A hyperbolic paraboloid is best defined as an infinite d _ _ _ _ _ - r _ _ _ _ quadric surface having three d _ _ _ _ _ _ _ _ _: one hyperbolic horizontal plane and two parabolic vertical planes, hence the name.
It is represented by the following C _ _ _ _ _ _ _ _ equation:
You might notice that one of the parabolas opens d _ _ _ _ _ _ _ while the other one opens u _ _ _ _ _. The degree of c _ _ _ _ _ _ _ _ of the parabolas is determined by the two constants a & b. The hyperbolas (which make up the h _ _ _ _ _ _ _ _ _ cross sections) can open in either the xx- or yy- direction, depending on the chosen value for z. These are important features to note with any hyperbolic paraboloid.
The term "hypar" was introduced by the architect H _ _ _ _ _ _ _ E _ _ _ _ to mean a hyperbolic paraboloid shape, or more formally a p _ _ _ _ _ _ hyperbolic paraboloid, cut from the full infinite surface. The hypar is also often referred to colloquially as a s _ _ _ _ _.
A favourite with mathematicians in the field of geometry, the hyperbolic paraboloid is one of 16 quadric surfaces known to exist in the Euclidean space. More than half of all quadratic surfaces have either hyperbolic or parabolic qualities. Two examples of quadrics which are neither hyperbolic nor parabolic are the c _ _ _ _ _ _ _, and the c _ _ _. There are two kinds of paraboloids: hyperbolic and e _ _ _ _ _ _ _.
The hypar is used in more “every day” practical ways than you might realise: toys (HyPars®), hats, art (origami), bio-engineering, nature (the mantis s _ _ _ _ _), architectural structures (V _ _ _ _ _ _ _ velodrome in London being one of many examples), even food (Pringles).
Its geometry, although seemingly complex, is actually very simple. Spanish-Mexican architect and engineer F _ _ _ _ C _ _ _ _ _ _ built structures that took the hyperbolic paraboloid to new heights (literally). When you think of concrete, you might think of dreary, boxy constructions. Yet this architect was able to use the hyperbolic paraboloid’s thin shell shape and apply it to build huge roof structures. His lightweight, graceful structures may seem delicate, but in fact they’re immensely strong and built to last.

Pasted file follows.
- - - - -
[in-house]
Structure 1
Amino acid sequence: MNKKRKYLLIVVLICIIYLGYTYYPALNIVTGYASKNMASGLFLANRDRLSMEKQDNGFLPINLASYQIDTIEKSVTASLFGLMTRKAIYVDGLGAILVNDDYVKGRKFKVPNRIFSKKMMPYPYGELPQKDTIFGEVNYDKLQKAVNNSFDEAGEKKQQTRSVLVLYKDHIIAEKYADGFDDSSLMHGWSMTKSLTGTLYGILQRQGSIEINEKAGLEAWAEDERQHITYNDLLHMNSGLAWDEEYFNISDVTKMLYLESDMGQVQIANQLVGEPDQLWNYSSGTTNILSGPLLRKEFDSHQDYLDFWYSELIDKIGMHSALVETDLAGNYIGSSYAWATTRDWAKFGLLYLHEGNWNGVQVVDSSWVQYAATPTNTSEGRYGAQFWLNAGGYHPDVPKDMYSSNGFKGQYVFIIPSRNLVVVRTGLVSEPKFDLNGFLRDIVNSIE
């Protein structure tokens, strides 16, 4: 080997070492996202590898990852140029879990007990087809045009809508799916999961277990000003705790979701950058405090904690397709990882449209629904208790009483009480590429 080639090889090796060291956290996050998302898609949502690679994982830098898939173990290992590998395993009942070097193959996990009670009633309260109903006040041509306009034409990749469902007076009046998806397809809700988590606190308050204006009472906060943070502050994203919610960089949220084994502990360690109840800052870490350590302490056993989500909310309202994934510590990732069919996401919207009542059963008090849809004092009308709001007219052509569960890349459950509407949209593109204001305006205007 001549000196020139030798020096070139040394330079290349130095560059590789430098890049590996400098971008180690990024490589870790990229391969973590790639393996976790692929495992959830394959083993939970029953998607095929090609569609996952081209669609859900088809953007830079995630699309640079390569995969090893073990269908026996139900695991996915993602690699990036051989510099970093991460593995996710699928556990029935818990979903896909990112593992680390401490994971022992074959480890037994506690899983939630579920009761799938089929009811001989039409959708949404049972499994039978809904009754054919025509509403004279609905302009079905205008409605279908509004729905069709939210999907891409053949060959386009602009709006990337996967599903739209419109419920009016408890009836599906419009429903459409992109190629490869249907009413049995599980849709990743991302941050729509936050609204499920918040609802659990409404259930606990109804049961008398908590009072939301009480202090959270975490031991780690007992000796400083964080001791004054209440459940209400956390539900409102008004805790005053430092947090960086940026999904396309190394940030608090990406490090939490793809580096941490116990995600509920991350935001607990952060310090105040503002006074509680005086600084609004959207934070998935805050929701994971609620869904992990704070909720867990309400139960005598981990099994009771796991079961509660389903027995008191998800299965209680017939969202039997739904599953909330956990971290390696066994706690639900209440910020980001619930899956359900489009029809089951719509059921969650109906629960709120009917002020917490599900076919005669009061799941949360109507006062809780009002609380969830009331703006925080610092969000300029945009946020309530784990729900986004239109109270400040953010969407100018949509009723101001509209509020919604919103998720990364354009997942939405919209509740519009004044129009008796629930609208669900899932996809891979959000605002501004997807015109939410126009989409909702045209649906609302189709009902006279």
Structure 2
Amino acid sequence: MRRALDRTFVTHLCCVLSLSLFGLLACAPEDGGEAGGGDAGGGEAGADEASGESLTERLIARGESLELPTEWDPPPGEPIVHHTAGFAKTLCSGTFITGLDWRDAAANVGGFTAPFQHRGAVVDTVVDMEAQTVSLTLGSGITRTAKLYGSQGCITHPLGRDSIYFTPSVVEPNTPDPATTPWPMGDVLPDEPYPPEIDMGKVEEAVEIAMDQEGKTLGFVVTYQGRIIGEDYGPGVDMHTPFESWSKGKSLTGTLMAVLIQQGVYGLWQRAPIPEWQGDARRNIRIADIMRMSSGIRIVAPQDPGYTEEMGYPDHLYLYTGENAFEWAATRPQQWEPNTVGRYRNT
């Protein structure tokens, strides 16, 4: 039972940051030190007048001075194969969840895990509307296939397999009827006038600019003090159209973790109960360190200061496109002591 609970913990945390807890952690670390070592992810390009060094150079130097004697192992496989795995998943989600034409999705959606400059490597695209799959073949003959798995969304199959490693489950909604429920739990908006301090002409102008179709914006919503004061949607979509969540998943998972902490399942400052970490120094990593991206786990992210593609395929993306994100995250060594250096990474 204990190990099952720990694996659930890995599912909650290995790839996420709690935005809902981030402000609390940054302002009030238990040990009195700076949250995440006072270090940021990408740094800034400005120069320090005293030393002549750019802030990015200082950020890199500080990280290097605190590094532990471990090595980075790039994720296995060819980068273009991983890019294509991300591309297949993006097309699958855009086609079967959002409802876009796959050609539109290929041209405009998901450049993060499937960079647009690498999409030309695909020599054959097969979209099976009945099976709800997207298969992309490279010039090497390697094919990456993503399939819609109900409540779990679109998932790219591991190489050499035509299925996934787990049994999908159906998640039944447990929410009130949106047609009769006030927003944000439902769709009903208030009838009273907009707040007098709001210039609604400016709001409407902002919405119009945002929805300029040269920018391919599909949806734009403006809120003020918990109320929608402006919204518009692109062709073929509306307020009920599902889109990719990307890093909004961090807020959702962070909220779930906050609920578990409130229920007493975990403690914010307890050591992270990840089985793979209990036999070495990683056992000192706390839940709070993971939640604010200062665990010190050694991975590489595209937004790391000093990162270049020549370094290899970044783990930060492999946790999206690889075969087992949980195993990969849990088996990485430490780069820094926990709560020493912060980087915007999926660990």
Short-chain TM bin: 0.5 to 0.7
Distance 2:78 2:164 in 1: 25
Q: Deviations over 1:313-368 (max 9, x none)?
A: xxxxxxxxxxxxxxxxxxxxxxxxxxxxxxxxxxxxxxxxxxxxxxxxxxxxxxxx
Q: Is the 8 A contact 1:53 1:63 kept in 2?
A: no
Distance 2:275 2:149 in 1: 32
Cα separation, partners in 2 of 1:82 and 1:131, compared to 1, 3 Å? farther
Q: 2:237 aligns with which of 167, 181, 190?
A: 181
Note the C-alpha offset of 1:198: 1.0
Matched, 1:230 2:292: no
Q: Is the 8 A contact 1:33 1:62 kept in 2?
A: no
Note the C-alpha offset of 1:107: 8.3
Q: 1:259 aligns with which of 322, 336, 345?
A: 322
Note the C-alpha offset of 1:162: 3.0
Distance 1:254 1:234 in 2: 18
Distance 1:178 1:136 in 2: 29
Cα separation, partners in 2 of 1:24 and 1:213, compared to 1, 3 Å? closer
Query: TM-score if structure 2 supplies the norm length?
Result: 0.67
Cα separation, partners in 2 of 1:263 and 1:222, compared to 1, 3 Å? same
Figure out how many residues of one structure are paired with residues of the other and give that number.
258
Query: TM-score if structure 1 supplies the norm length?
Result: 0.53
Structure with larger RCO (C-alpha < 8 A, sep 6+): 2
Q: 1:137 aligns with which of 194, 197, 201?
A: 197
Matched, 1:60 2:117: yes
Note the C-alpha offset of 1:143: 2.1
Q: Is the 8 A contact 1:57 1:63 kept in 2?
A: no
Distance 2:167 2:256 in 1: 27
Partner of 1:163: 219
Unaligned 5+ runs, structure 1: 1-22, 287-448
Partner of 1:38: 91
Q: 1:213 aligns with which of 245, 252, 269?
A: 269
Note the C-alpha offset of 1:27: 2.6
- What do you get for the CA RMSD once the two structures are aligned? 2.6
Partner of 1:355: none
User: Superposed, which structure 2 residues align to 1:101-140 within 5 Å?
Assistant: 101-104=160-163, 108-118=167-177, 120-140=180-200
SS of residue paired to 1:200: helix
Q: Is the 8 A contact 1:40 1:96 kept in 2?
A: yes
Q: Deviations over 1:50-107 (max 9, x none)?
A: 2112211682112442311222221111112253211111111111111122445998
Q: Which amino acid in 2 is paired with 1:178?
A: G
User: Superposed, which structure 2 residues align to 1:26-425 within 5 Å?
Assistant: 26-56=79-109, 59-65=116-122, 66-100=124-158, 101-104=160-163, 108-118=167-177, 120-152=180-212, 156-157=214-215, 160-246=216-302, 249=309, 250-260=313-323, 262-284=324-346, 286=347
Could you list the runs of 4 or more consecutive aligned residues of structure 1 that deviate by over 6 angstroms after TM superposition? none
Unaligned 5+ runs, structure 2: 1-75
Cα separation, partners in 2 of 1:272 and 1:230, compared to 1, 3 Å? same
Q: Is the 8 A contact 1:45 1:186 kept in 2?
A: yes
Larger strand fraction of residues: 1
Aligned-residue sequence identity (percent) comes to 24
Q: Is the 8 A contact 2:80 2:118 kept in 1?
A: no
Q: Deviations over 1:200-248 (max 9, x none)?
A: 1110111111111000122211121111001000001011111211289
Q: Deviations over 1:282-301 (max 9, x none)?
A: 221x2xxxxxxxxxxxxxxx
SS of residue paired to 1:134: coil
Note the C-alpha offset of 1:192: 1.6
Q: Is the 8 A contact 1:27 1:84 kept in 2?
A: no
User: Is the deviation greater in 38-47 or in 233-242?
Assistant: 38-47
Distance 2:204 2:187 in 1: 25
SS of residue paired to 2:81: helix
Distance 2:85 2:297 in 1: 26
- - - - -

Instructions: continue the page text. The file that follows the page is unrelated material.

So what makes the hyperbolic paraboloid so strong? It’s essentially how it balances pushes and pulls. All structures must support weight and this weight is ultimately transferred down to the ground. They can do this in two different ways. There’s c _ _ _ _ _ _ _ _ _ _, where the weight squeezes an object by pushing inwards (an arch is an example of a structure that exists in this state). And then there’s t _ _ _ _ _ _, where the weight pulls at the ends of an object, stretching it apart (if you dangle a chain from its ends, every part of it will be in this state). The hyperbolic paraboloid combines the best of both worlds as the concaved (U-shaped) part is stretched while the convex (arch-shaped) part is squeezed. Through double curvature and yet consisting only of straight lines, the shape strikes a delicate balance between these push and pull forces, allowing it to remain t _ _ _ yet surprisingly strong.
The hyperbolic paraboloid - a marvel of mathematical, scientific, ..and culinary genius!
The cache is at S33° 28.???' E151° 20.???'
The way in: There is a very inviting trailhead located on the closest piece of road approx due EAST of GZ. Once you have your coords this explanation should make sense (i.e. there's no real way in from the north or the west and deffo no easy way in from south). Cache and trail are not located on private property.
Please go easy when logging your find on-line so as to not inadvertently (or otherwise!) add any spoilers in terms of the puzzle and the GZ location and please do not post any pics of any part of the actual container or view at GZ. The cache contains a log book and pencil and is large enough for all kinds of SWAG swaps and medium/ large TBs. For FTF we dropped a brand new trackable. We hope you enjoy our first novo mystery cache in this amazing location.